Leopold Bürkner

Leopold Bürkner (29 January 1894 - 15 July 1975) was a German naval officer who served on torpedo boats in World War I. In the post-war period he served on a pocket battleship that patrolled the Spanish coast during the Spanish Civil War and then commanded a light cruiser. In 1938 he became head of the foreign liaison section of the Abwehr, the General Staff intelligence department. During World War II he rose to the rank of Vice Admiral.

Leopold Bürkner
Leopold Bürkner.jpg
Born(1894-01-29)29 January 1894
Zerbst, Anhalt, Germany
Died15 July 1975(1975-07-15) (aged 81)
Frankfurt, Germany
Allegiance German Empire
 Weimar Republic
 Nazi Germany
Branch Imperial German Navy
 Reichsmarine
 Kriegsmarine
Years of service1912–1945
RankVice Admiral
UnitAdmiral Scheer
Deutschland
Abwehr
Commands heldEmden
Battles/wars

Naval careerEdit

Leopold Bürkner was born on 29 January 1894 in Zerbst, Anhalt. He joined the Imperial navy on 1 April 1912.[1] He undertook basic training on the heavy cruiser Hansa.[2] From 1 April 1913 to 31 July 1914, he attended the Naval Academy, where he was appointed a midshipman.

From 1 August 1914 to 28 September 1915 Bürkner served in various capacities on the battleships SMS Wettin and SMS Schwaben and the battlecruisers SMS Seydlitz and SMS Moltke. On 22 March 1915 he became a lieutenant. From 29 September 1915 Bürkner was assigned to the Torpedo Boat Division.[citation needed] Bürkner was employed on various torpedo boats from 17 January 1916 until the end of the war. His last boat was SMS G39, which was scuttled on 21 June 1919 in Scapa Flow. Bürkner was taken captive and held until 29 January 1920.[1]

Bürkner was cadet company commander at the Naval Academy Mürwik from 1 August 1920 to 26 September 1923. He was a flag lieutenant of the First Torpedo Boat Flotilla from 27 October 1923 to 25 September 1927. He then became a lecturer in the Education department of the Navy until 30 September 1931. Bürkner was chief of a half-flotilla of torpedo boats from October 1931 to September 1933. He was liaison officer for foreign naval attachés from 9 October 1933 to 30 September 1935.[1] On 25 April 1935 he officially informed the British Naval attaché to Germany, Captain Gerard Muirhead-Gould, that Germany had laid down twelve 250-ton U-boats at Kiel.[3]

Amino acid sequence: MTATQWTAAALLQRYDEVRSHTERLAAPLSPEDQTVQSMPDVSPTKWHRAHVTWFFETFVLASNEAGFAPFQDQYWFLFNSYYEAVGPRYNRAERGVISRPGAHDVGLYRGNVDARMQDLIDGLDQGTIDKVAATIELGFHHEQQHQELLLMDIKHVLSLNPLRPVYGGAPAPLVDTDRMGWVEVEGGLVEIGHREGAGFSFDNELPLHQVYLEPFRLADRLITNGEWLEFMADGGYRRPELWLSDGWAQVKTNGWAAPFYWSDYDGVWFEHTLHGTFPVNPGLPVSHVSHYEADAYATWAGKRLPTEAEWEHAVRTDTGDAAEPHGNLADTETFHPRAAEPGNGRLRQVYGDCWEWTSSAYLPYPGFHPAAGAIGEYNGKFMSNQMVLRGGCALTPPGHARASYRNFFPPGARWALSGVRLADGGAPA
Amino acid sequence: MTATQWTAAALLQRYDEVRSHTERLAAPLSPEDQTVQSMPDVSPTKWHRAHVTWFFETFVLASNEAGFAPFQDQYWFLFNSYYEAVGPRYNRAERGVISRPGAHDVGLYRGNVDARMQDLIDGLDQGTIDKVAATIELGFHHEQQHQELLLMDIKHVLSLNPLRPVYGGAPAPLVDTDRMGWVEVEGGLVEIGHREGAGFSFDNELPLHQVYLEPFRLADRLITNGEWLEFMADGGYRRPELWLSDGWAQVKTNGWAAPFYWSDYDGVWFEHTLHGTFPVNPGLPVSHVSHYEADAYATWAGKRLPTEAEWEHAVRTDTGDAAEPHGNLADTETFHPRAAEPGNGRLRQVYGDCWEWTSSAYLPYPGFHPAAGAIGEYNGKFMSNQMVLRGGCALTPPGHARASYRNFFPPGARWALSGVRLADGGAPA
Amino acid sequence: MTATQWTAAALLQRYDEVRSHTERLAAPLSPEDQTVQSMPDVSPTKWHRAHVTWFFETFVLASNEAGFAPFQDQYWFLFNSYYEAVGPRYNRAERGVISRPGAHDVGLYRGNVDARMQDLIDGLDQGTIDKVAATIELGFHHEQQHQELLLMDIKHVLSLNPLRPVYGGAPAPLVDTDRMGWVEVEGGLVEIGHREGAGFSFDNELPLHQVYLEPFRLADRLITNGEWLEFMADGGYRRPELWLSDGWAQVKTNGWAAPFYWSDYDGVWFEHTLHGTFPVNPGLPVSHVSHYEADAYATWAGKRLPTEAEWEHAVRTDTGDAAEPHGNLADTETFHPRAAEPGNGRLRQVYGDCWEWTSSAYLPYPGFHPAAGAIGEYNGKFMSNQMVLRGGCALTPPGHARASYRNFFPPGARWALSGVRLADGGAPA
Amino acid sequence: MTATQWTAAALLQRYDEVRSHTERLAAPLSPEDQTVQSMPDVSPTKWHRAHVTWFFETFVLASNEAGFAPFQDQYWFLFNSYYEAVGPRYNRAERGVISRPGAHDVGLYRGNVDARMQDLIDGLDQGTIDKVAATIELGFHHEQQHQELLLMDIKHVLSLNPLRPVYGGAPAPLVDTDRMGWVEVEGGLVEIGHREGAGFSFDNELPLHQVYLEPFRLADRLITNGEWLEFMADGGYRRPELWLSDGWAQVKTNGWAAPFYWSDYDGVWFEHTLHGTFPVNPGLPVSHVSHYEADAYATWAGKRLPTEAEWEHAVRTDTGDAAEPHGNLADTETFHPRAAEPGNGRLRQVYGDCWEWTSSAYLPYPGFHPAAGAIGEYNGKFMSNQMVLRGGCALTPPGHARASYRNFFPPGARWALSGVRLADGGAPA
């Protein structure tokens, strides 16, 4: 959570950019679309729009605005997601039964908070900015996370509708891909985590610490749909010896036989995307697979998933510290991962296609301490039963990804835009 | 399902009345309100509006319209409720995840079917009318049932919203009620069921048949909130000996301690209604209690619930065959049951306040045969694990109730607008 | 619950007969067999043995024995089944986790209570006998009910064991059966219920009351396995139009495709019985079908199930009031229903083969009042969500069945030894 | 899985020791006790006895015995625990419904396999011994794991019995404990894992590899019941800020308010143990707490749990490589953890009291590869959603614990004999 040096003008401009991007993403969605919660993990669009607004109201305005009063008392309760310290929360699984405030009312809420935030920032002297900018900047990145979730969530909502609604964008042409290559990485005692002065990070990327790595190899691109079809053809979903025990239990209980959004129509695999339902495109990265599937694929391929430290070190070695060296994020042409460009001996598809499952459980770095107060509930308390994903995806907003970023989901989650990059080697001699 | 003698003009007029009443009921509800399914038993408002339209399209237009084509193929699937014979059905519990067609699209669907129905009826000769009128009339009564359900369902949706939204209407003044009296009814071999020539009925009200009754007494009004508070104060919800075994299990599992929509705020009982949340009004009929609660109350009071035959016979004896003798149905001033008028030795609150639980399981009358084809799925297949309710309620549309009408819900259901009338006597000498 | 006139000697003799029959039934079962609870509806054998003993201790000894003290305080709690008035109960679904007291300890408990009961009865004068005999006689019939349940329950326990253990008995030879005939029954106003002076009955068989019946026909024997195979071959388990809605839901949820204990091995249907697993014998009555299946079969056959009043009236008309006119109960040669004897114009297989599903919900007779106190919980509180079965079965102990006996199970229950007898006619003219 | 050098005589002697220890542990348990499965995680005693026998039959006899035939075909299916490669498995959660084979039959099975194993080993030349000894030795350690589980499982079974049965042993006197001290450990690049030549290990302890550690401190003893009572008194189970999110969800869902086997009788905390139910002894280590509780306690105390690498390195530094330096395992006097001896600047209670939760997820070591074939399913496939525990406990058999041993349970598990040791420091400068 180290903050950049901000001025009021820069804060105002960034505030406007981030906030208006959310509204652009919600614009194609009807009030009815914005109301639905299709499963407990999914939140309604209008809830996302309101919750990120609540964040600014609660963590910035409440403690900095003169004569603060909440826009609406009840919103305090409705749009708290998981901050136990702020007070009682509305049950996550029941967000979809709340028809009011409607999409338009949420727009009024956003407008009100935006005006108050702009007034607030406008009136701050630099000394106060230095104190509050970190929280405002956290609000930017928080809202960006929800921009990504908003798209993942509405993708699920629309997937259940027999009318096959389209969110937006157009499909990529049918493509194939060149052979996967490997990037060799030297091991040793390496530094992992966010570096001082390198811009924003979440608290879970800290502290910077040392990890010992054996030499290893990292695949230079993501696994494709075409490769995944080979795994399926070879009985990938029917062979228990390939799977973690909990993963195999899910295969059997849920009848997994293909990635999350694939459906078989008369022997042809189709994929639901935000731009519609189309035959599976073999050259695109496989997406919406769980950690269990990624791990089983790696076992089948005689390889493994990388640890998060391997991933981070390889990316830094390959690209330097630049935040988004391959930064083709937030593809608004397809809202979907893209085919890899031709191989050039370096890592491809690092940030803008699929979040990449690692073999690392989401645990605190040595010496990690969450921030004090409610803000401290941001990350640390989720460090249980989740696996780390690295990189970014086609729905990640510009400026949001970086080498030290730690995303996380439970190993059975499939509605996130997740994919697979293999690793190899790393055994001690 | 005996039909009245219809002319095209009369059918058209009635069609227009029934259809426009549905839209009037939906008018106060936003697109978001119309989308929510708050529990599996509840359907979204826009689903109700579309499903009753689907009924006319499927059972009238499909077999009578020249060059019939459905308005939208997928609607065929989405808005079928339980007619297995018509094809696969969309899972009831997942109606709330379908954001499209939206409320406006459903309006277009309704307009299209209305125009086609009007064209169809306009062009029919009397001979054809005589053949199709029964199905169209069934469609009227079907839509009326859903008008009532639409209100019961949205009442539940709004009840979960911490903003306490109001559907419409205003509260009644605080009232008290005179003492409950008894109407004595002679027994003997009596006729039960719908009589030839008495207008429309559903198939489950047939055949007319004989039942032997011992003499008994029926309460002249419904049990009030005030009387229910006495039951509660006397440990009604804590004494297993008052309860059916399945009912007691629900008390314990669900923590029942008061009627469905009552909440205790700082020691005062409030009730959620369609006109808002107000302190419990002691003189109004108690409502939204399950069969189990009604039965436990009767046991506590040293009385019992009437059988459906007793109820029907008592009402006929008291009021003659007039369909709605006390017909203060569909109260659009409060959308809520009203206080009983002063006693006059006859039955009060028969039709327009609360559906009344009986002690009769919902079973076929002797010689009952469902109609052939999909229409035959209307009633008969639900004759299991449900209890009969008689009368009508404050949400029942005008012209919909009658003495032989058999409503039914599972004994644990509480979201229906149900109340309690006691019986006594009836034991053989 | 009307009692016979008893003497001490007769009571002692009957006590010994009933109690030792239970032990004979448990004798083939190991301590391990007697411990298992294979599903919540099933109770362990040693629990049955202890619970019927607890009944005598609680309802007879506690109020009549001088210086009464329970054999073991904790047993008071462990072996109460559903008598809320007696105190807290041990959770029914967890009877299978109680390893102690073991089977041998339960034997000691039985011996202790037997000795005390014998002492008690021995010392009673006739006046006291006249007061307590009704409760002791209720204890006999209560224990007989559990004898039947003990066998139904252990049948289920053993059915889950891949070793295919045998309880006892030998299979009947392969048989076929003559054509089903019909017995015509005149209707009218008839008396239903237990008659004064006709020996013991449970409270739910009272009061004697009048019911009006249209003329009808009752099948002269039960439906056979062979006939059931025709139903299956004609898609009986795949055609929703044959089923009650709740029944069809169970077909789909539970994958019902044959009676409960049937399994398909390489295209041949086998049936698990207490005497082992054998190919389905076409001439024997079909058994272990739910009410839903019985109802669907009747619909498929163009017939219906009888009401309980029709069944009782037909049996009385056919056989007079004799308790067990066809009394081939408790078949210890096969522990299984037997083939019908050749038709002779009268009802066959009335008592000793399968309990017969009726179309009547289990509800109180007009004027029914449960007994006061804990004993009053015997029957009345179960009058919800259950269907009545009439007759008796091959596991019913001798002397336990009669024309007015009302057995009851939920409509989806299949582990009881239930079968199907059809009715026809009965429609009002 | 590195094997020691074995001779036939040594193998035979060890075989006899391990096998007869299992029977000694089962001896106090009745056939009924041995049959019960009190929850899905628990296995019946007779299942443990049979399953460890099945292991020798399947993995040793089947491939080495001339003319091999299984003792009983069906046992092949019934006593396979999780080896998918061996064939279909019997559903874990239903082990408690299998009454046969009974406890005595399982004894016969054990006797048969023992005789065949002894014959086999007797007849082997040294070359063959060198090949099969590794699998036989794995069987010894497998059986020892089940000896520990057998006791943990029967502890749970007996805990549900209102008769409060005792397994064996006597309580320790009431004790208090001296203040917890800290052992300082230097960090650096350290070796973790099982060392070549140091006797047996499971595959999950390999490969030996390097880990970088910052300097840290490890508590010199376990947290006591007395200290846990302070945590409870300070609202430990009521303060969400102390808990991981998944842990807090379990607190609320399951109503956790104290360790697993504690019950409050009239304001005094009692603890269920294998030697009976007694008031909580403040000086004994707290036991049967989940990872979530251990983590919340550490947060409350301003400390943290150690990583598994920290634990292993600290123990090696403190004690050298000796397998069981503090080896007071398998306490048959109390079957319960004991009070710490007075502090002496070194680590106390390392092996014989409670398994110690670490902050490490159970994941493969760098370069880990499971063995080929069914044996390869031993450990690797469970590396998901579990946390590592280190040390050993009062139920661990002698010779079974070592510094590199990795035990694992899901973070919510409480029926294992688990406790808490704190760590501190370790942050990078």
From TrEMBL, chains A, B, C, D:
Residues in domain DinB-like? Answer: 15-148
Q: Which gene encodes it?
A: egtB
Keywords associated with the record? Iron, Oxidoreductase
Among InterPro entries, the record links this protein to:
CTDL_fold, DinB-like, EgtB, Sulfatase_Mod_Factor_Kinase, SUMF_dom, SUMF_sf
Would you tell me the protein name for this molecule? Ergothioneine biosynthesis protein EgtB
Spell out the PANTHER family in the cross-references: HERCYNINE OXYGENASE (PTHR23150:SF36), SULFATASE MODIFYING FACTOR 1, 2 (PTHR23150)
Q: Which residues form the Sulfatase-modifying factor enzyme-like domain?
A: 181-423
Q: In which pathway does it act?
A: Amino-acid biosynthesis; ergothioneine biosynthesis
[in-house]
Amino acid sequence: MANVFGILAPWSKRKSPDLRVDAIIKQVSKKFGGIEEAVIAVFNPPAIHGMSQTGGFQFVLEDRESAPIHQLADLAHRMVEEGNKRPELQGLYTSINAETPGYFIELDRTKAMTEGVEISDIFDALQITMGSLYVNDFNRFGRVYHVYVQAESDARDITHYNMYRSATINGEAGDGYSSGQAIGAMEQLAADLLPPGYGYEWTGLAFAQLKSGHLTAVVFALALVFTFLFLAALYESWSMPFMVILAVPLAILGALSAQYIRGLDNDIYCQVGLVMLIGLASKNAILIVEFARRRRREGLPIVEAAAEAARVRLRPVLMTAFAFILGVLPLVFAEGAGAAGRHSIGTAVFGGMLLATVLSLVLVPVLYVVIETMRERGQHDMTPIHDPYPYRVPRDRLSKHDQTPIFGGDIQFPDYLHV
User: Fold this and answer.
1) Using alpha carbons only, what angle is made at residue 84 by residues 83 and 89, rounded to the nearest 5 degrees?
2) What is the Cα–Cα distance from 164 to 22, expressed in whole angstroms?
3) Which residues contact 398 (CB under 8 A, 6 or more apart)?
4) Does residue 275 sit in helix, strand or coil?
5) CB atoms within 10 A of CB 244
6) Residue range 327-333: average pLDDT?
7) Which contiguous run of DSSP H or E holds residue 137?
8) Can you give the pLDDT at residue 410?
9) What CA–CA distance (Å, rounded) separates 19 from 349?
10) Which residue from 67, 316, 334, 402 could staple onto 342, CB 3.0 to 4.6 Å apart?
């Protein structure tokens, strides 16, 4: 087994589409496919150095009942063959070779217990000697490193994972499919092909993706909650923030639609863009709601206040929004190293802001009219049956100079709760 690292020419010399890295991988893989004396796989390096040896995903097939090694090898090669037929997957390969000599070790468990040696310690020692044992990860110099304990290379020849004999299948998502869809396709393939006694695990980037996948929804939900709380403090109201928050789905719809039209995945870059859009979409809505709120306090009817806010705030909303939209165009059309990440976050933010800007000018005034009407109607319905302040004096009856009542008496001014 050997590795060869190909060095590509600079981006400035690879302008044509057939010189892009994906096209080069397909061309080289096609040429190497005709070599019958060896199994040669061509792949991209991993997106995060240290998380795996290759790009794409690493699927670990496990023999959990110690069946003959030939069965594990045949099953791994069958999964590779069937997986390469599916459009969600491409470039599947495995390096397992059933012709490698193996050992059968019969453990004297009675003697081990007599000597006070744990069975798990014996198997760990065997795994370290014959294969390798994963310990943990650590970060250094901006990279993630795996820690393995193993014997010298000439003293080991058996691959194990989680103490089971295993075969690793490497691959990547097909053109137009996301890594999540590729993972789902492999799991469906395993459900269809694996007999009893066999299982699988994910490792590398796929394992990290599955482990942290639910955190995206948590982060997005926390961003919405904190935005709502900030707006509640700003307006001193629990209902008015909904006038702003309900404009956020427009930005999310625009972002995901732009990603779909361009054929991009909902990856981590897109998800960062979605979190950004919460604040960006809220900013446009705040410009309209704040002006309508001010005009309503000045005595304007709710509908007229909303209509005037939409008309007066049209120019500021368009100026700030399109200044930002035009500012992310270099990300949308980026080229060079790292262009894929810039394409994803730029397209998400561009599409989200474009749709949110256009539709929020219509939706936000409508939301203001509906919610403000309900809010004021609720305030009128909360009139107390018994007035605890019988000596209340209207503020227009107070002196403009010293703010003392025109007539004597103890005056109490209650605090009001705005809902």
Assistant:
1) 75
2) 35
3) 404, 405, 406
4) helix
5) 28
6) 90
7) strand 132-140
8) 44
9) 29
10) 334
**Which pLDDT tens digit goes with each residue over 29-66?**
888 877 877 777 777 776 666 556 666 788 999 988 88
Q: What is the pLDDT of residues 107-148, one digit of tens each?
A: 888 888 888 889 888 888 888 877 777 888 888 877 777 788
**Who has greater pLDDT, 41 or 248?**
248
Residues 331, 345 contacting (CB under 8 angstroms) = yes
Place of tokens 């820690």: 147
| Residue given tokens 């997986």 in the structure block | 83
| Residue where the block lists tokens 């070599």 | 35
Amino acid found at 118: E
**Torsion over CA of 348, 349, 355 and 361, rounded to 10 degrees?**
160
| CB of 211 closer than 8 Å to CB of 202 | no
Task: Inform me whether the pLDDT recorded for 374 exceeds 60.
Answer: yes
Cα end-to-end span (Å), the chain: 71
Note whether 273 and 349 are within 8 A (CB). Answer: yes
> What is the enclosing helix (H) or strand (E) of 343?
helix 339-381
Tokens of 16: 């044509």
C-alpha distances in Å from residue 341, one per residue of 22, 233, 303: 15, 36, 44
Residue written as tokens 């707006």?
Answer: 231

Bürkner was First Officer on the newly commissioned pocket battleship Admiral Scheer from 1 October 1935 until 26 July 1937.[1] In July 1936 the ship was sent to Spain to evacuate German civilians caught in the midst of the Spanish Civil War. From 8 August 1936 she served with her sister ship Deutschland on non-intervention patrols off the Republican-held coast of Spain.[4]Deutschland was attacked on 29 May 1937 by Spanish Republican Air Force aircraft off Ibiza.[5] In reprisal, on 31 May 1937 Admiral Scheer arrived off Almería and opened fire on shore batteries, naval installations and ships in the harbor. She returned to Wilhelmshaven on 1 July 1937.[4] Bürkner commanded the Emden light cruiser from 30 July 1937 to 15 June 1938.[2]

Military intelligenceEdit

On 15 June 1938, Bürkner was appointed head of the foreign liaison section (Abteilung Ausland, later Amt Ausland) of the Abwehr, the intelligence organization of the German general staff.[1]

The other four sections handled secret espionage abroad, sabotage, counterespionage and administration.[6] Bürkner reported to Admiral Wilhelm Canaris, the head of the Abwehr[7], and was one of Canaris's closest collaborators.[8]

After World War II began, Canaris was disgusted by the brutal executions conducted by the SS in Poland. He told Burkner that "a war conducted in contempt of all ethics cannot be won. There is a divine justice even on this earth". Later, Canaris was to try to stir up a revolt against Hitler.[9]